On March 20, 2013, Florida’s Fourth District Court of Appeal issued an opinion clarifying the procedure for designating, and producing, a corporate representative for deposition pursuant to Florida Rule of Civil Procedure 1.310(b)(6). In Carriage Hills Condominium, Inc. v. JBH Roofing and Constructors, Inc., 109 So. 3d 329 (Fla. 4th DCA 2013), a roofing contractor brought an action against a condominium owners’ association for breach of contract and other claims. JBH noticed for deposition the “corporate representative of [the Association] with the most knowledge of the allegations contained in the complaint.” The Association designated its president to appear at the deposition, during which the witness testified as to her opinions and beliefs. In analyzing whether summary judgment was properly entered in favor of JBH, the Fourth District held that JBH did not properly notice the Association’s corporate representative for deposition and the Association did not designate the proper deponent, per Rule 1.310(b)(6).
As the Fourth District explained, Rule 1.310(b)(6) was borrowed from a 1970 amendment to its federal counterpart, Federal Rule of Civil Procedure 30(b)(6), and is designed, in part, to streamline litigation. The rule imposes burdens upon both parties; the party seeking the discovery is required to describe, with reasonable particularity, the matter(s) for examination and the responding party must then produce one or more witnesses who can testify as to the corporation’s knowledge of the specified topics. “This enables the deposing party to gather information from the corporation by way of a human being named by that corporation to serve as the corporation’s voice.” As the corporation’s “voice,” the deponent does not testify about matters within his or her personal knowledge, but rather speaks for the corporation.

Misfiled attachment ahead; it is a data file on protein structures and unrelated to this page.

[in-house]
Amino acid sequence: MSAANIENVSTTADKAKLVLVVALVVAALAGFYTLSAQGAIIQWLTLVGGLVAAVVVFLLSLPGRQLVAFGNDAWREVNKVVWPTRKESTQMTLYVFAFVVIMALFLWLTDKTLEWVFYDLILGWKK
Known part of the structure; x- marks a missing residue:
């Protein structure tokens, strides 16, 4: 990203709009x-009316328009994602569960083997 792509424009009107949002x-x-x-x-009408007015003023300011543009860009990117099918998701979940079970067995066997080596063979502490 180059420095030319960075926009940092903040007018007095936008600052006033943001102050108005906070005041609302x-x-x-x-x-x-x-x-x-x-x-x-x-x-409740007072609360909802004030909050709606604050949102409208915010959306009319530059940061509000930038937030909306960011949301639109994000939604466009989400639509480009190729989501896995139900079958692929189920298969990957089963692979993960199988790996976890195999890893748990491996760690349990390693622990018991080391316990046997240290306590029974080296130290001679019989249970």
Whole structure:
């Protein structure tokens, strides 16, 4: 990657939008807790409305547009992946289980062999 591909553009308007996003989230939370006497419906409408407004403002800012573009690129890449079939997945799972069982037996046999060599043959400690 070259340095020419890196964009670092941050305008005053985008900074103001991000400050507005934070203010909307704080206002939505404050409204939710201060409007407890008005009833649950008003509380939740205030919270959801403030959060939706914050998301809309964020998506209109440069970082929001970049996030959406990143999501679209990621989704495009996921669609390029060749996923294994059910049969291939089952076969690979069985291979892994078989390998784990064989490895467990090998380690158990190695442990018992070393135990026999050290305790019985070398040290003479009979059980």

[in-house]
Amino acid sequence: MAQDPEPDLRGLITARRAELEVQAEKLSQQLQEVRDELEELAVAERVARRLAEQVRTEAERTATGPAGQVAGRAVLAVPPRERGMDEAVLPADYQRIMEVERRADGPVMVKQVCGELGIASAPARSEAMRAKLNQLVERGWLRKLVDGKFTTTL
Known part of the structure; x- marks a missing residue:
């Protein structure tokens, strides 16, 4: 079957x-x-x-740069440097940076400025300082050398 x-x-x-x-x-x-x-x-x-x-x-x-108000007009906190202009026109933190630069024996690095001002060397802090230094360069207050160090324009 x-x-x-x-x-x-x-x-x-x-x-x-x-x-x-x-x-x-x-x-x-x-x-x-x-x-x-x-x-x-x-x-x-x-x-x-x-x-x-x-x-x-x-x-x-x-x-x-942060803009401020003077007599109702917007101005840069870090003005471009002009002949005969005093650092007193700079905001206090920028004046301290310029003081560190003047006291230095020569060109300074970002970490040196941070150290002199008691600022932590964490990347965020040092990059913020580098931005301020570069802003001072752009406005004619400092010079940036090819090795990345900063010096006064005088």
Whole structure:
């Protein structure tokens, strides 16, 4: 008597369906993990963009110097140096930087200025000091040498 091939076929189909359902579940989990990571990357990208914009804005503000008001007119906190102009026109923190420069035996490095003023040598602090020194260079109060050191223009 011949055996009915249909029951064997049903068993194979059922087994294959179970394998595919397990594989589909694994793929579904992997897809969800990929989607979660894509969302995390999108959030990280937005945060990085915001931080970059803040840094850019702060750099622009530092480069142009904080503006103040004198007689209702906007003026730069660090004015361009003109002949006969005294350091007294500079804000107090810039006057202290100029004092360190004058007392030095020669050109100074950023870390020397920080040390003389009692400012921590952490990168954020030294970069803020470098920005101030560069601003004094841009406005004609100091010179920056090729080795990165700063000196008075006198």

The Fourth District confirmed that Rule 1.310(b)(6) does not require – or even contemplate, for that matter – that the corporation produce the witness with the “most knowledge” on the specified topic(s); in fact, the witness is not required to possess any personal knowledge at all. Rather, the corporation must prepare the witness, whether from documents, past employees, or other sources, so that the witness can give “complete, knowledgeable, and binding answers on behalf of the corporation.” The appellate court’s conclusion is consistent with federal cases interpreting the corollary federal rule. See, e.g., United States v. Taylor, 166 F.R.D. 356, 361 (M.D.N.C. 1996).
When a Rule 1.310(b)(6) deposition is properly noticed and conducted, the testimony of the witness “is deemed to be the testimony of the corporation itself.” Thus, the testimony is binding on the corporation. The appellate court noted that this does not mean that the testimony conclusively establishes a fact and estops the corporation from offering other evidence on the issue. Rather, “testimony given at a Rule 1.310(b)(6) deposition is evidence which, like other deposition testimony, can be contradicted.”
The Carriage Hills Court noted that in the case before it, the deposition was not properly noticed, per Rule 1.310(b)(6), because JBH’s notice did not request the Association to designate a witness “to testify on its behalf . . . about matters known or reasonably available to the organization.” Rather, it requested the deposition of the corporate representative with “the most knowledge of the allegations in the complaint.” The deposition notice also failed to designate with reasonable particularity the issues to be examined. In response to the defective notice, the Association produced a person it believed had the “most knowledge” of the allegations in the complaint, despite the fact that the deponent testified that she disagreed with many of the corporation’s positions and simply gave her opinions and beliefs. Thus, the Association failed to satisfy its burden under the rule, as it did not prepare the witness to testify regarding the corporation’s position.
Utilized properly, Rule 1.310(b)(6) gives the corporation being deposed more control by permitting it to select and prepare a witness to testify on its behalf. In exchange for that control, the corporation is required to “have the right person present at the deposition.”